All have learnt to appreciate the detail and impact of our work and gone on to be great advocates for our charity.
SAN Gathering Panel session
“Social Impact and the delivery of Public Services”
This session took inputs from 3 people with very practical experiences in this area and was followed by questions and discussion from delegates.
The panel consisted of Mike Pyrah, NHS Social Value Foundation and a former PCT CEO, Stuart Dagg from Bolton at Home (Housing Association) and Matthew Lanham, NeuroMuscular Centre and SAN UK.
Mike spoke very powerfully about the need to measure social value but not to see that as an end in itself. He used real examples of social enterprises and community organisations that had made very differences to people’s health. He cited how difficult it was to commission the “heroes” – the key individuals who are often the catalyst for outstanding work.
Stuart explained how his organisation had embraced Social Accounting and Audit and the challenges and revelations which the process had led to. He explained how positive and challenging the process of reviewing mission, objectives, values and activities had proved for the organisation.
Matthew shared his “three nuggets” – specific examples of benefits (in the form of new public sector contracts won) for his organisation as a result of Social Accounting and Audit.
Caroline Mason of Big society Capital also joined the panel.
Questions were many and various with examples of difficult or uninformed commissioners a recurrent theme. Equally examples of positive experiences of commissioning, but overall there seemed a consensus view that SAN (and others) had further work to do in developing the commissioning professions to appreciate more about SAA as a tool and how to understand and appreciate a variety of measures of Social Value.
News and Developments
Big Society Capital
The recent SAN gathering in Liverpool featured a keynote speech from Caroline Mason (Chief Operating Officer at Big Society Capital).
The £600m ‘Big Society’ fund was launched at the beginning of April by Prime Minister David Cameron to help charities and community groups expand and become more business-like. Big Society Capital will give social enterprises and community groups access to affordable finance. The government wants the investment to enable the voluntary sector to apply ‘business principles to tackle social problems on a sustainable basis’, with no cost to the taxpayer.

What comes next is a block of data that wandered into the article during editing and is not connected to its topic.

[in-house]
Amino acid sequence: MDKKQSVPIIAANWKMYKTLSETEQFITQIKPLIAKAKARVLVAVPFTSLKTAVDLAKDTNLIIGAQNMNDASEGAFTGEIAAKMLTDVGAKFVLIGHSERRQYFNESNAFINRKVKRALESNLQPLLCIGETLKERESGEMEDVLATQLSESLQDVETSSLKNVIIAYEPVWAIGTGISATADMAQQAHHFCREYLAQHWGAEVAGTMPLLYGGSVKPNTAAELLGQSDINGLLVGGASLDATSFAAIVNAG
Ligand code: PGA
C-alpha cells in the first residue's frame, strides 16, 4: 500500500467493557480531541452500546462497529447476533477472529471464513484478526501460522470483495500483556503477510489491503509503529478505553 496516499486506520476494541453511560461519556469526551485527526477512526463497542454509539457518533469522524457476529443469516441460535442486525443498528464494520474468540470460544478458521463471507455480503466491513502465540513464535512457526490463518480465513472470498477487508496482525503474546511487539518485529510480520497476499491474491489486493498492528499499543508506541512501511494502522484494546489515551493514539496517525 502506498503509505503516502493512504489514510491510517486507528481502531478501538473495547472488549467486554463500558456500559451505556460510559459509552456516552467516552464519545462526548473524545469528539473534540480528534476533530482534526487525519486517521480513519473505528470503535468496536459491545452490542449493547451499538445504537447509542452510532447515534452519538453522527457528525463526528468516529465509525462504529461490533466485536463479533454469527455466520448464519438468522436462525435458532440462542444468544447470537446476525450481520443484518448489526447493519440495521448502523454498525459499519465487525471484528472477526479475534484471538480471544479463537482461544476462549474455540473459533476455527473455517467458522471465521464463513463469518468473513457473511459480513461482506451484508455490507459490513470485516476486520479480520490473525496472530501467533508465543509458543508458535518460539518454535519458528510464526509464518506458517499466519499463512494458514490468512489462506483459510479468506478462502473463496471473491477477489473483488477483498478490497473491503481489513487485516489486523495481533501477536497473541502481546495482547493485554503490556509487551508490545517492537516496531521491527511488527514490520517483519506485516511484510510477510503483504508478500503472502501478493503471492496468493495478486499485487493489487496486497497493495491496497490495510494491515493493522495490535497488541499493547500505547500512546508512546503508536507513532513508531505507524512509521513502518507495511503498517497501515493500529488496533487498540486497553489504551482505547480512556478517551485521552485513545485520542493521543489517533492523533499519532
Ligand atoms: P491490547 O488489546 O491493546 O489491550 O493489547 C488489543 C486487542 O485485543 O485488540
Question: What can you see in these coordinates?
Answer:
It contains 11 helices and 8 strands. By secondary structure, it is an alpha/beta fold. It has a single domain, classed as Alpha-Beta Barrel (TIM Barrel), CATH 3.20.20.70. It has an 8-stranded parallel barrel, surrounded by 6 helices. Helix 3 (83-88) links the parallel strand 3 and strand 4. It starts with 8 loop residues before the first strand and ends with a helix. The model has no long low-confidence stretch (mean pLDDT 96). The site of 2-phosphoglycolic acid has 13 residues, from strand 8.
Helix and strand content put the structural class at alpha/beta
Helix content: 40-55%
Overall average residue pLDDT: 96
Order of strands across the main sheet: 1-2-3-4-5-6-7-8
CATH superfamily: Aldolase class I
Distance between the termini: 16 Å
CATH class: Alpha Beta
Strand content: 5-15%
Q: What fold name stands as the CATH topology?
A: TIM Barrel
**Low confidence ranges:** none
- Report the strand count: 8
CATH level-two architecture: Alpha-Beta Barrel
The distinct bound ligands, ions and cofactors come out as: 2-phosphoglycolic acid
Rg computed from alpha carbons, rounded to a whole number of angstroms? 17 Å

Reclaiming cash left in dormant bank accounts has raised £400m, with the remainder set to come from the UK’s four largest high street banks.
Social Accounting and a new online tool called Sofie
In Finland, Jatta Vikström has been exploring the similarities between the SAN method of Social Accounting and a new online tool called Sofie. The makers, Syfo Ltd are now looking for interested people to demo-test Sofie for Social Accounting? Knowing SAN’s history and achievements in the field they would very much appreciate your opinion and ideas about the tool. If you would be interested to cooperate, just let Jatta know by emailing: firstname.lastname@example.org or go to http://www.sofienet.fi/en/home/
Organisations supporting the work of SAN can become Members of the network for an annual fee of £60. This is the same price as for individual Members but allows every member of an organisation to belong. SAN is constantly working to promote social accounting and audit as a valuable tool for impact measurement among commissioners, funders and service providers. If you are interested in supporting this work, please complete a membership form (available at the SAN website).
Becoming a Member of SAN will entitle you and your organization to discounts on events organized by SAN and access to the upcoming Members’ area of the SAN website.
Please also note social auditor members pay a different fee and have to make an annual return, now due, detailing their activity during the past year, including relevant training attended.